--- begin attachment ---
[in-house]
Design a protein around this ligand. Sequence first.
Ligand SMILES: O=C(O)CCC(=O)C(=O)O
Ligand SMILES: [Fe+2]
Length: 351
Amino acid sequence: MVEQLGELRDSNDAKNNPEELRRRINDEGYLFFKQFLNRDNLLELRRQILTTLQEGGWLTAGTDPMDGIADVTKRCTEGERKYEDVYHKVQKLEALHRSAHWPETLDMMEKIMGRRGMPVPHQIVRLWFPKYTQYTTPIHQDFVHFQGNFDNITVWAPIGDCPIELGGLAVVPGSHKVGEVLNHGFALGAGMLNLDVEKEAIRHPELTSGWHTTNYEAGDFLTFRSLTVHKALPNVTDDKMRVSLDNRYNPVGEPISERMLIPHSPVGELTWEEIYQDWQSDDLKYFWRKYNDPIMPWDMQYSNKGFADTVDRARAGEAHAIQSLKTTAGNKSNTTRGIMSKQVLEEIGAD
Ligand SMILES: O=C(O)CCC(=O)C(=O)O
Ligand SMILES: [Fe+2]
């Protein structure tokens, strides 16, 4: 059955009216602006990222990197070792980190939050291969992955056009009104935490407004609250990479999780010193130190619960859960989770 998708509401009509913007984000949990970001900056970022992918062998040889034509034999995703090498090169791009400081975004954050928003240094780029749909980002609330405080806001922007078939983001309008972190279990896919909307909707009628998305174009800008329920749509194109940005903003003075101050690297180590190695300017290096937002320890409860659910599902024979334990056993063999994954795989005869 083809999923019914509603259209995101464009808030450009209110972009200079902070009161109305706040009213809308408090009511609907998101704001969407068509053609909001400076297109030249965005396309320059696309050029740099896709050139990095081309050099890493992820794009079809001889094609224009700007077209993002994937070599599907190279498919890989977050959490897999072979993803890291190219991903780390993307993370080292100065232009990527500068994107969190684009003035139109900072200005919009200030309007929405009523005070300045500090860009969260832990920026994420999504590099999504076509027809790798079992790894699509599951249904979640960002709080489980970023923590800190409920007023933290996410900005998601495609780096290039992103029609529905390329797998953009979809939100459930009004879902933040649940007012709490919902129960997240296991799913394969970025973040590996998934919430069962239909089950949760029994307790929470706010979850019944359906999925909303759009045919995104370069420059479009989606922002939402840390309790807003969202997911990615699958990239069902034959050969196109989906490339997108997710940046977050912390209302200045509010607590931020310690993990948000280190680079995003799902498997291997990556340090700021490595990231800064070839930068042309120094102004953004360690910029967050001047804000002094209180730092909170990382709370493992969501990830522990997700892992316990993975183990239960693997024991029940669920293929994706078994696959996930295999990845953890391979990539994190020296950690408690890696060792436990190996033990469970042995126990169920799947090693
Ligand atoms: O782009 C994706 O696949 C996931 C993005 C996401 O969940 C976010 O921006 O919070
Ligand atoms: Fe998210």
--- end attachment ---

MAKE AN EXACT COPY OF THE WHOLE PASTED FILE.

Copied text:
[in-house]
Design a protein around this ligand. Sequence first.
Ligand SMILES: O=C(O)CCC(=O)C(=O)O
Ligand SMILES: [Fe+2]
Length: 351
Amino acid sequence: MVEQLGELRDSNDAKNNPEELRRRINDEGYLFFKQFLNRDNLLELRRQILTTLQEGGWLTAGTDPMDGIADVTKRCTEGERKYEDVYHKVQKLEALHRSAHWPETLDMMEKIMGRRGMPVPHQIVRLWFPKYTQYTTPIHQDFVHFQGNFDNITVWAPIGDCPIELGGLAVVPGSHKVGEVLNHGFALGAGMLNLDVEKEAIRHPELTSGWHTTNYEAGDFLTFRSLTVHKALPNVTDDKMRVSLDNRYNPVGEPISERMLIPHSPVGELTWEEIYQDWQSDDLKYFWRKYNDPIMPWDMQYSNKGFADTVDRARAGEAHAIQSLKTTAGNKSNTTRGIMSKQVLEEIGAD
Ligand SMILES: O=C(O)CCC(=O)C(=O)O
Ligand SMILES: [Fe+2]
């Protein structure tokens, strides 16, 4: 059955009216602006990222990197070792980190939050291969992955056009009104935490407004609250990479999780010193130190619960859960989770 998708509401009509913007984000949990970001900056970022992918062998040889034509034999995703090498090169791009400081975004954050928003240094780029749909980002609330405080806001922007078939983001309008972190279990896919909307909707009628998305174009800008329920749509194109940005903003003075101050690297180590190695300017290096937002320890409860659910599902024979334990056993063999994954795989005869 083809999923019914509603259209995101464009808030450009209110972009200079902070009161109305706040009213809308408090009511609907998101704001969407068509053609909001400076297109030249965005396309320059696309050029740099896709050139990095081309050099890493992820794009079809001889094609224009700007077209993002994937070599599907190279498919890989977050959490897999072979993803890291190219991903780390993307993370080292100065232009990527500068994107969190684009003035139109900072200005919009200030309007929405009523005070300045500090860009969260832990920026994420999504590099999504076509027809790798079992790894699509599951249904979640960002709080489980970023923590800190409920007023933290996410900005998601495609780096290039992103029609529905390329797998953009979809939100459930009004879902933040649940007012709490919902129960997240296991799913394969970025973040590996998934919430069962239909089950949760029994307790929470706010979850019944359906999925909303759009045919995104370069420059479009989606922002939402840390309790807003969202997911990615699958990239069902034959050969196109989906490339997108997710940046977050912390209302200045509010607590931020310690993990948000280190680079995003799902498997291997990556340090700021490595990231800064070839930068042309120094102004953004360690910029967050001047804000002094209180730092909170990382709370493992969501990830522990997700892992316990993975183990239960693997024991029940669920293929994706078994696959996930295999990845953890391979990539994190020296950690408690890696060792436990190996033990469970042995126990169920799947090693
Ligand atoms: O782009 C994706 O696949 C996931 C993005 C996401 O969940 C976010 O921006 O919070
Ligand atoms: Fe998210």